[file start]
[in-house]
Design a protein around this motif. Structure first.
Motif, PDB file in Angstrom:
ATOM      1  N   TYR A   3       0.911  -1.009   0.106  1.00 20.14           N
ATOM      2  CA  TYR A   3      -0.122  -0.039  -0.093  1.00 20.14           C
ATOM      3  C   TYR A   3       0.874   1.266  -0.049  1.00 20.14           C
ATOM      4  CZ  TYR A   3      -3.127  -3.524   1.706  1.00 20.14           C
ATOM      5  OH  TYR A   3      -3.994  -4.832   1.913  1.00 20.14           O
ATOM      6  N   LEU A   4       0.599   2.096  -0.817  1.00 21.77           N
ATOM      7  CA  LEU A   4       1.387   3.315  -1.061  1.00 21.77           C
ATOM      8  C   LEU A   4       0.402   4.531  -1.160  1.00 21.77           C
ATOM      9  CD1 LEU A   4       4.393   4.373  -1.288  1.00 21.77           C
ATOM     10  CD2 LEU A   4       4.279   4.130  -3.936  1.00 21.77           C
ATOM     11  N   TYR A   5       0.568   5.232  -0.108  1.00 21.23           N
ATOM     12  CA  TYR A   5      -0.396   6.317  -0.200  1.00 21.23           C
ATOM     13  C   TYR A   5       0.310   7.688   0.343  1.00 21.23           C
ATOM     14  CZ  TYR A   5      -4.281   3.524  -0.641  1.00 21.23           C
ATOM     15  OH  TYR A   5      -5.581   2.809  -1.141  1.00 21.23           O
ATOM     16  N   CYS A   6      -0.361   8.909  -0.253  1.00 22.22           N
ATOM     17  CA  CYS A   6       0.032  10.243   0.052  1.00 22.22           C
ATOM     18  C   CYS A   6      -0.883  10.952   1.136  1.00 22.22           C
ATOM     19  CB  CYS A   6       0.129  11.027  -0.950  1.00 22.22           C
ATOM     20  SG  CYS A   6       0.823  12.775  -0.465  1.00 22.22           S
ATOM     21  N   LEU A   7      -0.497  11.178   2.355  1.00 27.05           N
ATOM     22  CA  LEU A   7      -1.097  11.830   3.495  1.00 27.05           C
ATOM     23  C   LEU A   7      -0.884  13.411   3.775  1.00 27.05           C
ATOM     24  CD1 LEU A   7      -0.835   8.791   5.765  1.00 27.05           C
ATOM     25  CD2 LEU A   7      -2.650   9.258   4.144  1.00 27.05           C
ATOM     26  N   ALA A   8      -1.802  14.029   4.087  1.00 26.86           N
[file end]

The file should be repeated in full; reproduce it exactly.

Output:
[in-house]
Design a protein around this motif. Structure first.
Motif, PDB file in Angstrom:
ATOM      1  N   TYR A   3       0.911  -1.009   0.106  1.00 20.14           N
ATOM      2  CA  TYR A   3      -0.122  -0.039  -0.093  1.00 20.14           C
ATOM      3  C   TYR A   3       0.874   1.266  -0.049  1.00 20.14           C
ATOM      4  CZ  TYR A   3      -3.127  -3.524   1.706  1.00 20.14           C
ATOM      5  OH  TYR A   3      -3.994  -4.832   1.913  1.00 20.14           O
ATOM      6  N   LEU A   4       0.599   2.096  -0.817  1.00 21.77           N
ATOM      7  CA  LEU A   4       1.387   3.315  -1.061  1.00 21.77           C
ATOM      8  C   LEU A   4       0.402   4.531  -1.160  1.00 21.77           C
ATOM      9  CD1 LEU A   4       4.393   4.373  -1.288  1.00 21.77           C
ATOM     10  CD2 LEU A   4       4.279   4.130  -3.936  1.00 21.77           C
ATOM     11  N   TYR A   5       0.568   5.232  -0.108  1.00 21.23           N
ATOM     12  CA  TYR A   5      -0.396   6.317  -0.200  1.00 21.23           C
ATOM     13  C   TYR A   5       0.310   7.688   0.343  1.00 21.23           C
ATOM     14  CZ  TYR A   5      -4.281   3.524  -0.641  1.00 21.23           C
ATOM     15  OH  TYR A   5      -5.581   2.809  -1.141  1.00 21.23           O
ATOM     16  N   CYS A   6      -0.361   8.909  -0.253  1.00 22.22           N
ATOM     17  CA  CYS A   6       0.032  10.243   0.052  1.00 22.22           C
ATOM     18  C   CYS A   6      -0.883  10.952   1.136  1.00 22.22           C
ATOM     19  CB  CYS A   6       0.129  11.027  -0.950  1.00 22.22           C
ATOM     20  SG  CYS A   6       0.823  12.775  -0.465  1.00 22.22           S
ATOM     21  N   LEU A   7      -0.497  11.178   2.355  1.00 27.05           N
ATOM     22  CA  LEU A   7      -1.097  11.830   3.495  1.00 27.05           C
ATOM     23  C   LEU A   7      -0.884  13.411   3.775  1.00 27.05           C
ATOM     24  CD1 LEU A   7      -0.835   8.791   5.765  1.00 27.05           C
ATOM     25  CD2 LEU A   7      -2.650   9.258   4.144  1.00 27.05           C
ATOM     26  N   ALA A   8      -1.802  14.029   4.087  1.00 26.86           N